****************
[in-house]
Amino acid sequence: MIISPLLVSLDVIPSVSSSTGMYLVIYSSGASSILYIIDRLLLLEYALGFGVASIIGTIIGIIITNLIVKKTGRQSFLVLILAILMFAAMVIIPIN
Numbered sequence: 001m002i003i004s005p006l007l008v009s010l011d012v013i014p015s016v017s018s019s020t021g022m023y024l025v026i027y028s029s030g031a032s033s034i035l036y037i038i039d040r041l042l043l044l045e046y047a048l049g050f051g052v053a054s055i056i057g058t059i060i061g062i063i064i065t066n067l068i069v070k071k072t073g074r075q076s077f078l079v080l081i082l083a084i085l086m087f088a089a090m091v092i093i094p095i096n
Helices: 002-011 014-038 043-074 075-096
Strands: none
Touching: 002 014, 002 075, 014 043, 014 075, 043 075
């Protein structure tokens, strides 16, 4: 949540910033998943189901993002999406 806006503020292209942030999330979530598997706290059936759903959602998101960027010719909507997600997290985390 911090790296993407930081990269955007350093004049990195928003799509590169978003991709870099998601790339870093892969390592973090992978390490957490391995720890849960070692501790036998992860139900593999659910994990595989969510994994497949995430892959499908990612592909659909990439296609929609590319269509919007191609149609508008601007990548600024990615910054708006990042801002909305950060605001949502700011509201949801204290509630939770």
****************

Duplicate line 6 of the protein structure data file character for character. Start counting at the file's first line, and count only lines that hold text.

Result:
Touching: 002 014, 002 075, 014 043, 014 075, 043 075